IceCat 31.4.0 release

GNUzilla is the GNU version of the Mozilla suite, and GNU IceCat is the GNU version of the Firefox browser. Its main advantage is an ethical one: it is entirely free software. While the Firefox source code from the Mozilla project is free software, they distribute and recommend non-free software as plug-ins and addons. Also their trademark license restricts distribution in several ways incompatible with freedom 0. https://www.gnu.org/software/gnuzilla/ Read more

Leftovers: KDE

  • Star-Hopper for KStars
    The Star-Hopper is an amazing feature present in KStars which allows you to find a path between two points in the sky. It is very commonly used in astronomy. If you have a bright star as a reference and you want to find an object in it’s vicinity, you start from your reference star and trace a route to the destination traversing a sequence of stars/pattern of stars.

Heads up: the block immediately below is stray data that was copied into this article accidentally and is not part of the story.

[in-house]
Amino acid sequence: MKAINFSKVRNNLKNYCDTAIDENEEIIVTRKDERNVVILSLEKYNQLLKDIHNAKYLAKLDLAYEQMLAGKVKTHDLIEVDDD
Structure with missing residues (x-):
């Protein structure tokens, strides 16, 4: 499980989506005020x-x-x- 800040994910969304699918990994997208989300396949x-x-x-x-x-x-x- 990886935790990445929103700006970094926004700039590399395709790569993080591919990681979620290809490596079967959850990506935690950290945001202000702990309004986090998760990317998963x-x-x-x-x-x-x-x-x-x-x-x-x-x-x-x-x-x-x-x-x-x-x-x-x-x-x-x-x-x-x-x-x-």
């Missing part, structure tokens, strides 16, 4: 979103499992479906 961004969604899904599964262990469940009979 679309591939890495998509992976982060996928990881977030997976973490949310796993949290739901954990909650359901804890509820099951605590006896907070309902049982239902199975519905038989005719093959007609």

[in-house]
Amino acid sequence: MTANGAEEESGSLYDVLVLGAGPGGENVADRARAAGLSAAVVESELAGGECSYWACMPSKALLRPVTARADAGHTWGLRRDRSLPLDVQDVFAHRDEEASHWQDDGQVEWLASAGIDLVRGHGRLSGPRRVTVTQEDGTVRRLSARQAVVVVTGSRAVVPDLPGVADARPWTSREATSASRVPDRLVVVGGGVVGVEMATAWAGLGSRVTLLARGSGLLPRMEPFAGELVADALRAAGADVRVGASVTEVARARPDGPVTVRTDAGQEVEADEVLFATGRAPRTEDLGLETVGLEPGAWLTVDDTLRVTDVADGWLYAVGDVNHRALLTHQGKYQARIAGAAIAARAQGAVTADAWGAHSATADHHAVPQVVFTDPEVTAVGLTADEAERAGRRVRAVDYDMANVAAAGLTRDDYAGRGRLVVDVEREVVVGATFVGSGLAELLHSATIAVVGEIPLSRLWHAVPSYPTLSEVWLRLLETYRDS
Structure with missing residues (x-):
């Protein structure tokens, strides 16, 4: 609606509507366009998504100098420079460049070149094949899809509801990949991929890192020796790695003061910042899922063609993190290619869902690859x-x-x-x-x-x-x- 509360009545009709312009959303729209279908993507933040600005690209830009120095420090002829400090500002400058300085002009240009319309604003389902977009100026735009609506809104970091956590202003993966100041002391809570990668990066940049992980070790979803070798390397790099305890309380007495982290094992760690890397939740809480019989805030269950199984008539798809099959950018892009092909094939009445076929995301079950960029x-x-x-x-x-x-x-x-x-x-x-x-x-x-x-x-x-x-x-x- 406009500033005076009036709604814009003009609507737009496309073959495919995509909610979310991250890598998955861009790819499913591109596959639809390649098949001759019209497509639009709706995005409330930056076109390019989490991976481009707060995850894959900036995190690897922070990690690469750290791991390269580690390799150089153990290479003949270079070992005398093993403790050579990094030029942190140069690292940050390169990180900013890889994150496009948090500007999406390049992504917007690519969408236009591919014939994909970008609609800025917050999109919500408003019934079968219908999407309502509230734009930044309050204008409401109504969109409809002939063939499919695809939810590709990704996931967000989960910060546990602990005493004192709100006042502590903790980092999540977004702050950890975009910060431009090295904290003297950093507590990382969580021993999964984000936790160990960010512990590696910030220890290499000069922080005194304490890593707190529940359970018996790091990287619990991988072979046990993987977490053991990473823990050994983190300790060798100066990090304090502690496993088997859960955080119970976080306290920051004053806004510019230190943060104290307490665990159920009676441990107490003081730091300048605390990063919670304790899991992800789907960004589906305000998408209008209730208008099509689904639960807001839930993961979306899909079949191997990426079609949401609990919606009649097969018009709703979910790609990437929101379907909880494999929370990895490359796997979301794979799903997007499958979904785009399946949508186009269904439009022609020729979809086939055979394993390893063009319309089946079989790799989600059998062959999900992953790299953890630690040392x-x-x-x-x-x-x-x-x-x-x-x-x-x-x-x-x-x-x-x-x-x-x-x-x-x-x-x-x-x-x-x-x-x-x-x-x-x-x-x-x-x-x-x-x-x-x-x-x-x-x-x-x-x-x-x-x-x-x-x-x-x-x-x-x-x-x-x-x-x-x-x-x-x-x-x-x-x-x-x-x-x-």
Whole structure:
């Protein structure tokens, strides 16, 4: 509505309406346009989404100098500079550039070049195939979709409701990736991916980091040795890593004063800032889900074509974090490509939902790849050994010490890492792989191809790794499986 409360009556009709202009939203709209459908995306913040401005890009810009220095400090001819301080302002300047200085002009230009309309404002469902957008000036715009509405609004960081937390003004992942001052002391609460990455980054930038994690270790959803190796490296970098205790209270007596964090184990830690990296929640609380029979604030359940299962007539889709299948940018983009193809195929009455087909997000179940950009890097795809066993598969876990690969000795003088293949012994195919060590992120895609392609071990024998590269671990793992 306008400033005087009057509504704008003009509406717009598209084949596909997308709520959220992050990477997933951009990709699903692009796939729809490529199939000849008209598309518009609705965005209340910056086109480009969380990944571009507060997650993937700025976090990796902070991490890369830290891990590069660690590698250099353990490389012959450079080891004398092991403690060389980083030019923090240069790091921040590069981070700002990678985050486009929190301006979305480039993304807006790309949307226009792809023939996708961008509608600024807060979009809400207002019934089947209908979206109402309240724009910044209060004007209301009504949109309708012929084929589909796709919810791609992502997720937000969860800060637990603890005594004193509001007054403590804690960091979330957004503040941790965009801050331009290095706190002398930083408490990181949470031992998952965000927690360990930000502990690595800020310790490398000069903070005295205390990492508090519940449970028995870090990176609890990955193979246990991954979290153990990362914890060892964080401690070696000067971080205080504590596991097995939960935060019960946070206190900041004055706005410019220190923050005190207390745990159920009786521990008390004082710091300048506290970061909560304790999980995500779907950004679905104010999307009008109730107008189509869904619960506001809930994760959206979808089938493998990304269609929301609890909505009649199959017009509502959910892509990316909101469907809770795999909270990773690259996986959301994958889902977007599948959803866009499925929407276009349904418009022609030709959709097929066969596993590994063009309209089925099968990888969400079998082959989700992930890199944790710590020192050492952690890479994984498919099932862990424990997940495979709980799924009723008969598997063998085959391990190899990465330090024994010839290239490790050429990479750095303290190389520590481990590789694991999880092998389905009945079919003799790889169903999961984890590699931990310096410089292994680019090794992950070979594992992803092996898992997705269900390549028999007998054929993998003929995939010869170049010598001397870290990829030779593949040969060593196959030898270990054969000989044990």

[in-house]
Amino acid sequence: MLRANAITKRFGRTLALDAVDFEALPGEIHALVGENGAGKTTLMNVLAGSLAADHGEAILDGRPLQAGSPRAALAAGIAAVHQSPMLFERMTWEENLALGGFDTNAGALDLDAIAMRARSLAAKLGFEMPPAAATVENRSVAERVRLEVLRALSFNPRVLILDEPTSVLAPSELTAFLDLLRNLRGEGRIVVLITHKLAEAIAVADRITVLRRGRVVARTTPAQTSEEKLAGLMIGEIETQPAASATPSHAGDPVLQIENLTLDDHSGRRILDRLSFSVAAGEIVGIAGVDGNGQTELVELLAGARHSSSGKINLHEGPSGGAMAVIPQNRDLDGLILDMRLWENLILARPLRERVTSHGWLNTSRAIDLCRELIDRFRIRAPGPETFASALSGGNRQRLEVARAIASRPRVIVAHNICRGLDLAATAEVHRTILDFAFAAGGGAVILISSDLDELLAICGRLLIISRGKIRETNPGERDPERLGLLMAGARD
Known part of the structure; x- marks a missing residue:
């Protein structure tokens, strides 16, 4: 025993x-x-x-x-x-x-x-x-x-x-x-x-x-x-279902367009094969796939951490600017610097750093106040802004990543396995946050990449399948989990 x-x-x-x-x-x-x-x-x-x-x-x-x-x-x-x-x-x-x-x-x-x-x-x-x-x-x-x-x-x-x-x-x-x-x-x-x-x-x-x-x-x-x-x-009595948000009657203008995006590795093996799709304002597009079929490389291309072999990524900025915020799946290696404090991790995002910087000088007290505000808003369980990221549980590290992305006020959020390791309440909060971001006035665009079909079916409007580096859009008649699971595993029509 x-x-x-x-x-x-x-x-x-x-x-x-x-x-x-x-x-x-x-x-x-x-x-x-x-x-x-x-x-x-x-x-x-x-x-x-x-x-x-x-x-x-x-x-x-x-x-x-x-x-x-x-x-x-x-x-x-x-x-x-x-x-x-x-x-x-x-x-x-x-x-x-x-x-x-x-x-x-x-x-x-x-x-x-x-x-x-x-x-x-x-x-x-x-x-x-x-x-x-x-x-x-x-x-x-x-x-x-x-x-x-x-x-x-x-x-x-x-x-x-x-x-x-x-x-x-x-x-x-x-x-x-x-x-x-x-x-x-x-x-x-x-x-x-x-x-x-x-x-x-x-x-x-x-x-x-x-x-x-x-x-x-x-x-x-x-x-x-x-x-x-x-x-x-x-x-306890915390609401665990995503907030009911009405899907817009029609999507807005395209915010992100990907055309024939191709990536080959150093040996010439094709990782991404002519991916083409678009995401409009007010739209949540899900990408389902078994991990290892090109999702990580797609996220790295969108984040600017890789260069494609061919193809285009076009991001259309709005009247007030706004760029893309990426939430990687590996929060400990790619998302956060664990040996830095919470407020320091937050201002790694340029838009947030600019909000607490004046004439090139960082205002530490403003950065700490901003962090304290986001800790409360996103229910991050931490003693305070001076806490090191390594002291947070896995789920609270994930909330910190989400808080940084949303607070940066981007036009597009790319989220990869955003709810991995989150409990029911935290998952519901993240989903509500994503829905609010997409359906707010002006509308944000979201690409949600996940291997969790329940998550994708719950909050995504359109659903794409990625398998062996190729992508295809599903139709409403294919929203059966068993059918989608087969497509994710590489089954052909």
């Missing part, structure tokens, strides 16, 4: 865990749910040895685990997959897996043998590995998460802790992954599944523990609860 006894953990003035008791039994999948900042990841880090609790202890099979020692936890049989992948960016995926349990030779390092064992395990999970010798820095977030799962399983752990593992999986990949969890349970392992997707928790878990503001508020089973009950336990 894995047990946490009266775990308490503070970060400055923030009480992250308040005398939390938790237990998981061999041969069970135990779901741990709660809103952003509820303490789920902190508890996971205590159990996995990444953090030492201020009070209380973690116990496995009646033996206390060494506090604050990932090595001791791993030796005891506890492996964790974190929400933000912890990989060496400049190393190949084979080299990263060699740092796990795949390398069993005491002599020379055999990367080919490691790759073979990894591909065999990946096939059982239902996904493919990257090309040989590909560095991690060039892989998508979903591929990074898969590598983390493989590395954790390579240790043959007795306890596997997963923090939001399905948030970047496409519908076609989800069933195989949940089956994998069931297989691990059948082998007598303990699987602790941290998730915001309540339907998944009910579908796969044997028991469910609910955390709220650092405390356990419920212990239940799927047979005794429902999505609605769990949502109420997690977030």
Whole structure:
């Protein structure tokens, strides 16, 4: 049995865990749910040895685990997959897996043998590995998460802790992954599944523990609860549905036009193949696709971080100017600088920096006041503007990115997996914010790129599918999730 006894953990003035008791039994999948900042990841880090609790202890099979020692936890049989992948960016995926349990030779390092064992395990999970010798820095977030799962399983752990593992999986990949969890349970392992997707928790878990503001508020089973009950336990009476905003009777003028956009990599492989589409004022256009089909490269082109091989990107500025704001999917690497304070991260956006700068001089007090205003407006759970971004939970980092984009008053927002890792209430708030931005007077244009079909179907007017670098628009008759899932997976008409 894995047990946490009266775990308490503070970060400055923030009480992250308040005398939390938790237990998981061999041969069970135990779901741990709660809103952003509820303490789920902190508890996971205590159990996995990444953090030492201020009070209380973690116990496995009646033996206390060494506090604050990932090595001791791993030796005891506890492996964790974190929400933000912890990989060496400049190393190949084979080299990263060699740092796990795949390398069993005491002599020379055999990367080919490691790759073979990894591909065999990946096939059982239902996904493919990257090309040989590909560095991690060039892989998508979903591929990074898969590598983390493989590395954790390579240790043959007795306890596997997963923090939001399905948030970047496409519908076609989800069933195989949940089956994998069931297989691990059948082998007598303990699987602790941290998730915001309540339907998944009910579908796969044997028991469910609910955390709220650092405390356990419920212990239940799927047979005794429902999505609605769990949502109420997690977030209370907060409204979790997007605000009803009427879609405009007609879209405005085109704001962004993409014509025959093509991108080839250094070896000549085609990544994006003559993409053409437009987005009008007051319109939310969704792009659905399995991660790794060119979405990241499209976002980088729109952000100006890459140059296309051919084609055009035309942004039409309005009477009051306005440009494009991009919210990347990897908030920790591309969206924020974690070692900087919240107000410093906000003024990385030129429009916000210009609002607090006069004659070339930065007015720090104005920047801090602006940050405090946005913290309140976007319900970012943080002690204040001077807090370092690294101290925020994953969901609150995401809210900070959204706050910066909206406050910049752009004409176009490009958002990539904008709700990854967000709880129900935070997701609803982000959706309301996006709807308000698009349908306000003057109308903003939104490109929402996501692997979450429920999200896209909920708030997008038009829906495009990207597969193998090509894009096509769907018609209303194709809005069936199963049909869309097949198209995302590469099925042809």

• Plasma 5.2 Released
  • Plasma 5.2 arrives to Fedora
  • Marble experience in GCI-2014
    First of all, what is Marble? Marble is a virtual globe application which allows the user to choose among the Earth, the Moon, Venus, Mars and other planets to display as a 3-D model. It is free software under the terms of the GNU LGPL, developed by KDE for use on personal computers and smart phones.
  • Planet KDE Theme from Season of KDE
    Today I had the pleasure of launching the new Planet KDE website theme done by Ranveer Aggarwal. It looks very lovely and importantly makes the site a pleasure to browse on your phone. Everyone hug him and do report any bugs to bugzilla.
  • Plasmoid Tutorial 1
  • Meet KDE at FOSDEM this Weekend
    KDE will be at Europe's largest gathering of free software developering this weekend, taking over the city of Brussels for FOSDEM.